And that’s the hosting set-up to which I moved after I made the purchase. It shares the server (m4.xlarge) with other sites, but I am still not using anything approaching the server’s 16 GB RAM and 300 GB hard drive capacity.

Incidentally, if you’re looking for a super fast server and a unique IP address, I would be happy to host and administer your site.

The seller and I used Backup Buddy, a WordPress plugin, to seamlessly move the site’s assets to my hosting set-up. While the plugin was generating the backups, I assigned a subdomain of one of my existing domain names to be a placeholder for the new site. I mapped that subdomain to a subdirectory on my server where I would be placing the purchased site’s files. I prepared a new MySQL database to hold the site’s data.

I uploaded the Backup Buddy export to my server and ran the script. Everything worked as expected, and the identical site was now available at the subdomain I configured.

Once this was complete, the seller and I initiated the transfer of the domain name. This is another straightforward process, but that didn’t stop me from screwing it up for the first attempt. I blame the typos on my keyboard. Anyhow, another day or two or three, and the domain name transfer was complete. I changed the DNS records to point to my Amazon server.

Now the domain name was accessing my web host, not the seller’s host. The final step was updating the database to use instead of the temporary subdomain I created for the transfer. Once complete, I gave the OK to the seller to eliminate his files and shut down service on his host.

The process took a little longer than I would have liked, just like the length of this post, but that’s mostly my fault for having a significant number of things to do besides concern myself with the transfer. But it was done at this point, and the site was exactly the same as it had been under the seller’s ownership.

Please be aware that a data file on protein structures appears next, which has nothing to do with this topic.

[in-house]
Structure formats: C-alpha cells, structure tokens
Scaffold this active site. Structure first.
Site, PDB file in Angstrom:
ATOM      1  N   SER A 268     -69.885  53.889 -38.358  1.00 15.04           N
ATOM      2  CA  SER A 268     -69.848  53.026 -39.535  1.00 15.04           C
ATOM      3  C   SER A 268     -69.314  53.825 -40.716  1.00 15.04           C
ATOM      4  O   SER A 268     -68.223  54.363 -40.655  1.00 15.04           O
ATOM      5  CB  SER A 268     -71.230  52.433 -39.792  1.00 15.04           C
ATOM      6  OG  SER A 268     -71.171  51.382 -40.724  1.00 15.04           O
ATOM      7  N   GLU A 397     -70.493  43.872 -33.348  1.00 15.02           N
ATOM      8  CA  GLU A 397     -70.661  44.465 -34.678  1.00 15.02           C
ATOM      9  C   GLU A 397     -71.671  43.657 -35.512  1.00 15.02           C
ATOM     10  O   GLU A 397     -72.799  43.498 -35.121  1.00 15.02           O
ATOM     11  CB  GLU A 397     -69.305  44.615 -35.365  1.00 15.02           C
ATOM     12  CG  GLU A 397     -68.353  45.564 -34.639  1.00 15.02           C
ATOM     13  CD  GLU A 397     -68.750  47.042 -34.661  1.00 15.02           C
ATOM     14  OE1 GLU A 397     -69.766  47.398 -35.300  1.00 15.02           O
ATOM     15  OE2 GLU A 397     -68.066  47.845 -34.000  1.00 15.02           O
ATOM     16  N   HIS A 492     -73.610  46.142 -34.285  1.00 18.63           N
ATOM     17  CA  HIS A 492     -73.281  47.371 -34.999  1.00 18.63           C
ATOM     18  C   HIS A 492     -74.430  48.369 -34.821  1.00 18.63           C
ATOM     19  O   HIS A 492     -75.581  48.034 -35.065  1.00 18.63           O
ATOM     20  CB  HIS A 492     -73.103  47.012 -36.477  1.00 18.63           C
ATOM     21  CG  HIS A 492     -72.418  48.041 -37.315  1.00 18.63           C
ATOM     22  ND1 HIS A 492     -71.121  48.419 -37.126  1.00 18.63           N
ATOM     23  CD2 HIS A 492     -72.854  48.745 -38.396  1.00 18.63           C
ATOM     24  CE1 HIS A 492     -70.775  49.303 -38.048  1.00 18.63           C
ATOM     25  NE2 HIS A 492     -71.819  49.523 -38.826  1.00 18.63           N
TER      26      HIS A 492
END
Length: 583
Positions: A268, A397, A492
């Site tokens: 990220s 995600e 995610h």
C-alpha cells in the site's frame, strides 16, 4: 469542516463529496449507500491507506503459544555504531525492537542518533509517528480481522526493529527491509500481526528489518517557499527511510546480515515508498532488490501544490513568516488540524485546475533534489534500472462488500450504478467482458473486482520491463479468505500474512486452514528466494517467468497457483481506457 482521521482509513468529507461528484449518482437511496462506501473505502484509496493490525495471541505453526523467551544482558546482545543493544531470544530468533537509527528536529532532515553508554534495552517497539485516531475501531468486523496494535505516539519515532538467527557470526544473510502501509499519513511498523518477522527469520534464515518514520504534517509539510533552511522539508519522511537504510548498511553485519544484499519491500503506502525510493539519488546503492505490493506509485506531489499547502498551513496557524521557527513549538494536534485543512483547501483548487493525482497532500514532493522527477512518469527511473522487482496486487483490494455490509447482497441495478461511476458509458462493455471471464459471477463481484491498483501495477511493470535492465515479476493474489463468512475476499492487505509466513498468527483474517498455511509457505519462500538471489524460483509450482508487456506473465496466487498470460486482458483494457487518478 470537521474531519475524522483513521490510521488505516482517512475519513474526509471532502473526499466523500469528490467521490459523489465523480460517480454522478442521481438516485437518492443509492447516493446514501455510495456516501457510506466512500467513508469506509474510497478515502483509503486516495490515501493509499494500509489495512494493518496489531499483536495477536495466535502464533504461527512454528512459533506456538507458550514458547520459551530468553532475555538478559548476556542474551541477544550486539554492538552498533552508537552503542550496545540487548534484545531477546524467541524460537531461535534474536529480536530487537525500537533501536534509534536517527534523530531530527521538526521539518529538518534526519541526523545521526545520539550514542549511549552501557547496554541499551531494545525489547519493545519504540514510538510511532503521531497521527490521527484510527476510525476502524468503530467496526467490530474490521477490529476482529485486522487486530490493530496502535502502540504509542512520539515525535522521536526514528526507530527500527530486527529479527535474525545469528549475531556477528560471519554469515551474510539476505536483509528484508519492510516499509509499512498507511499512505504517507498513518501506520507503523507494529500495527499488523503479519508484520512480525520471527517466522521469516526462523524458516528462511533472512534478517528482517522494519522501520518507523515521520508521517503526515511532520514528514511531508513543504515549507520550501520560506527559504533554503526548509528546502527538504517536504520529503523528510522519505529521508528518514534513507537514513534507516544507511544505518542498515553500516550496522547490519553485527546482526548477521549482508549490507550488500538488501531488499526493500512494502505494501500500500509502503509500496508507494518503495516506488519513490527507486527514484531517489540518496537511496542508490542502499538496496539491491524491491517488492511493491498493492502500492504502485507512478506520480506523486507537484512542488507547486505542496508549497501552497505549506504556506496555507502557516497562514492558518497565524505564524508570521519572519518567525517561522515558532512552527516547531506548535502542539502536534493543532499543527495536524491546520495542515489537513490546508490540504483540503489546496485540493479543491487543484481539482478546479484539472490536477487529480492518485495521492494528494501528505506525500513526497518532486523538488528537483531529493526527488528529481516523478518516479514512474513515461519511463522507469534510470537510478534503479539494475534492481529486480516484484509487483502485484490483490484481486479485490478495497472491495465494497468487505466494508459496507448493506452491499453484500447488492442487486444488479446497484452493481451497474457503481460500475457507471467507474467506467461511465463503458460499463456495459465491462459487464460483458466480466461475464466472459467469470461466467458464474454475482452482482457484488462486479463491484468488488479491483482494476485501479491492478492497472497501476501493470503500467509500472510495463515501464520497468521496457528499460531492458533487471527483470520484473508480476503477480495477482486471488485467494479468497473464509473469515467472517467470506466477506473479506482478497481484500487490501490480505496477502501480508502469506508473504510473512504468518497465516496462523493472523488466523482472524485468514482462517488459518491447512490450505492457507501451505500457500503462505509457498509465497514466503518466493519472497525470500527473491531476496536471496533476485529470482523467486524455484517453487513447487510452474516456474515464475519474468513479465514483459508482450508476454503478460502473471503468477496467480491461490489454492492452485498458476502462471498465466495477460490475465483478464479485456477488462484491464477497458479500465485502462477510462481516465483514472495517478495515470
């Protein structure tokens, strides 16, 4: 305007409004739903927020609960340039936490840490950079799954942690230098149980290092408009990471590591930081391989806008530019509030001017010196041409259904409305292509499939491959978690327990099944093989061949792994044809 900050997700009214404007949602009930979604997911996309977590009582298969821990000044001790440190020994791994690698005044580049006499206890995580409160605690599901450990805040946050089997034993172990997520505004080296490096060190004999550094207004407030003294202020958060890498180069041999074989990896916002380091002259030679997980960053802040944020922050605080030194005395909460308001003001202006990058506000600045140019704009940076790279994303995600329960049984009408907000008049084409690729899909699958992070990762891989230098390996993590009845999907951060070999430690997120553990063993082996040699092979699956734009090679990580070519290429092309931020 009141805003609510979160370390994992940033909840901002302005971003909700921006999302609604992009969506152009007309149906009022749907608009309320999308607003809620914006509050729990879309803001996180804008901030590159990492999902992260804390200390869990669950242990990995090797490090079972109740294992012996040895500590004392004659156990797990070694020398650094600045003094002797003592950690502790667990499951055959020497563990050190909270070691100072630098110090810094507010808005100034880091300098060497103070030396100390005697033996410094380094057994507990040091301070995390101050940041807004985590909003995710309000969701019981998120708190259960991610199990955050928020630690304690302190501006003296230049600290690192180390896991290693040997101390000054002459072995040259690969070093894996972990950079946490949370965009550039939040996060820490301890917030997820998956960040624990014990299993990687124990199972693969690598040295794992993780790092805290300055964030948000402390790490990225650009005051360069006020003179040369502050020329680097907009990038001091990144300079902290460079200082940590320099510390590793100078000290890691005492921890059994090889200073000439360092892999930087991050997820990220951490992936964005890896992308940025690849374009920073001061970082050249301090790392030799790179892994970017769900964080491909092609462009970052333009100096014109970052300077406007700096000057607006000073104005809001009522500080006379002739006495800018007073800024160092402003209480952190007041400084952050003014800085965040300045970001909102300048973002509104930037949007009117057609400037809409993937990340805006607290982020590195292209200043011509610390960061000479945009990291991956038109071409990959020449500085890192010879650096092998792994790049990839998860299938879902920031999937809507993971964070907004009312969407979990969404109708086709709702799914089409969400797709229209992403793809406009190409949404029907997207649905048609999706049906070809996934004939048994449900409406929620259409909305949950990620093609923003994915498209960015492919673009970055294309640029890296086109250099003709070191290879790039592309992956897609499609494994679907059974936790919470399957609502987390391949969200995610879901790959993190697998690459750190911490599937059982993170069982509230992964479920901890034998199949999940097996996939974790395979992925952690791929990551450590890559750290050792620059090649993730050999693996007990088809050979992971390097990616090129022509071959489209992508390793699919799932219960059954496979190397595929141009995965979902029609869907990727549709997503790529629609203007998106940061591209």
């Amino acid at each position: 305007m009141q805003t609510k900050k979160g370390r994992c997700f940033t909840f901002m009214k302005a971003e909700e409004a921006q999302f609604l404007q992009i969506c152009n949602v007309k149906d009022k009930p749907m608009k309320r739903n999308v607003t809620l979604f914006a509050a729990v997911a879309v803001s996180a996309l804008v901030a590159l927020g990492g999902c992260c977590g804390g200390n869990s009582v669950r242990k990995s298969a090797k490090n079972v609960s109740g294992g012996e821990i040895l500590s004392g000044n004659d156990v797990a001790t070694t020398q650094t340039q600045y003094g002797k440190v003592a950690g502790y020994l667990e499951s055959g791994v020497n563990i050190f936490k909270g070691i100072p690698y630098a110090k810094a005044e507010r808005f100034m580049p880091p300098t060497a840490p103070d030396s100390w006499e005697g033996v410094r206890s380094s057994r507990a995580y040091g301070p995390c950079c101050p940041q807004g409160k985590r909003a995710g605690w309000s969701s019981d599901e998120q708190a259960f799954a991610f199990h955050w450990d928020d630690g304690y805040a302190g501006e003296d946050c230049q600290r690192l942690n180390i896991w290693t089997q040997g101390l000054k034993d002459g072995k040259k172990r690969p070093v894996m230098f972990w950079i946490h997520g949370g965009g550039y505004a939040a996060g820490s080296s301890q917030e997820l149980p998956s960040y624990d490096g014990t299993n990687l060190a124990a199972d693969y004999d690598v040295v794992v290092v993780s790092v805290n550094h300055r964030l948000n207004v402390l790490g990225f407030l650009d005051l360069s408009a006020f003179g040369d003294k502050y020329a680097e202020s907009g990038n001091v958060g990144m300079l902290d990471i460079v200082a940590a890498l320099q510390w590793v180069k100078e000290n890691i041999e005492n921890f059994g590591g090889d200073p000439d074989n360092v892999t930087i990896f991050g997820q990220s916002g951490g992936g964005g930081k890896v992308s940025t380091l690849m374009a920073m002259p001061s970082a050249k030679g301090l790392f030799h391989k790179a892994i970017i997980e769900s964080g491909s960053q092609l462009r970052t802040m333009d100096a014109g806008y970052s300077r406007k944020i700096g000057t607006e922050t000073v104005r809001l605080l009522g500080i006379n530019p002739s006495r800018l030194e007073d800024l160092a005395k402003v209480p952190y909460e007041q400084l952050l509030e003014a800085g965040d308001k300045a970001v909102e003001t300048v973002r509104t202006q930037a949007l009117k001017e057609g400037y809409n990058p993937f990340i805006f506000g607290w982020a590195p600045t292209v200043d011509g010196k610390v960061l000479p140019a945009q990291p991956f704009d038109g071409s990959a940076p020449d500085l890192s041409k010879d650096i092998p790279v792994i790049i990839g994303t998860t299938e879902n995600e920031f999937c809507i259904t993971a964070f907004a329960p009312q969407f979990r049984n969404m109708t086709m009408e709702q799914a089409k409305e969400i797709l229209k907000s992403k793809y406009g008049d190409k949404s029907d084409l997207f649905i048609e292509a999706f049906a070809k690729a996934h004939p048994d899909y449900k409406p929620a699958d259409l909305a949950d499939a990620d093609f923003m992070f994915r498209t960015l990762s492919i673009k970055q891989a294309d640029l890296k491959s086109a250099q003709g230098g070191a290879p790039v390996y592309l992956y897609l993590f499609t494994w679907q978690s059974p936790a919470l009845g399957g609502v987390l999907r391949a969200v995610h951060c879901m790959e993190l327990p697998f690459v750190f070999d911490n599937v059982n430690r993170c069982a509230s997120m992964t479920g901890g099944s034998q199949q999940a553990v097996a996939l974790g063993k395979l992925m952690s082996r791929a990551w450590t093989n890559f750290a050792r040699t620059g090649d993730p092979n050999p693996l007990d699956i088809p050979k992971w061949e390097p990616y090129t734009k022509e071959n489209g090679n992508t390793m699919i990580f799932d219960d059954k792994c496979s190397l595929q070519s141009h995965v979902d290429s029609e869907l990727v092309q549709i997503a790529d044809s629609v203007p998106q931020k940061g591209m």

Preliminary Research and the Purchase

You may want to start with the introduction to figure out what the hell I’m talking about.

The bottom line is that I didn’t spend too much time researching the purchase, but I still feel good about the price I paid.

Here’s what I knew. The well-known and popular financial blogger, J. Money, has been helping other financial bloggers buy and sell their sites on the smaller scale. After being the seller in a major deal, I’ve been low-key looking for a small piece of web property to drive a little bit of income.

It’s not that I need the income at the moment. Yet, I wouldn’t turn it away if it were presenting itself to me. And after many sales notices, this was the first one that I immediately thought would be a good fit. The URL is very good, and its revenue opportunity aligns with the strategy I’m familiar with. The vertical (deposit accounts) is one that slowed down when another (credit cards) picked up velocity, but I believe these things are cyclical in broad terms. The price was right given my thoughts on the site’s potential and my willingness to invest (or make a bet).

I used no fancy SEO tools to analyze the site. I trusted the seller — a blogger I’ve known for years — and his word regarding traffic and revenue, both of which were low enough to not be significant even if the numbers were off by 100%. I bid the seller’s asking price and won the auction. It remains to be seen if there were any other bidders, but it doesn’t matter; I bid what I was comfortable paying.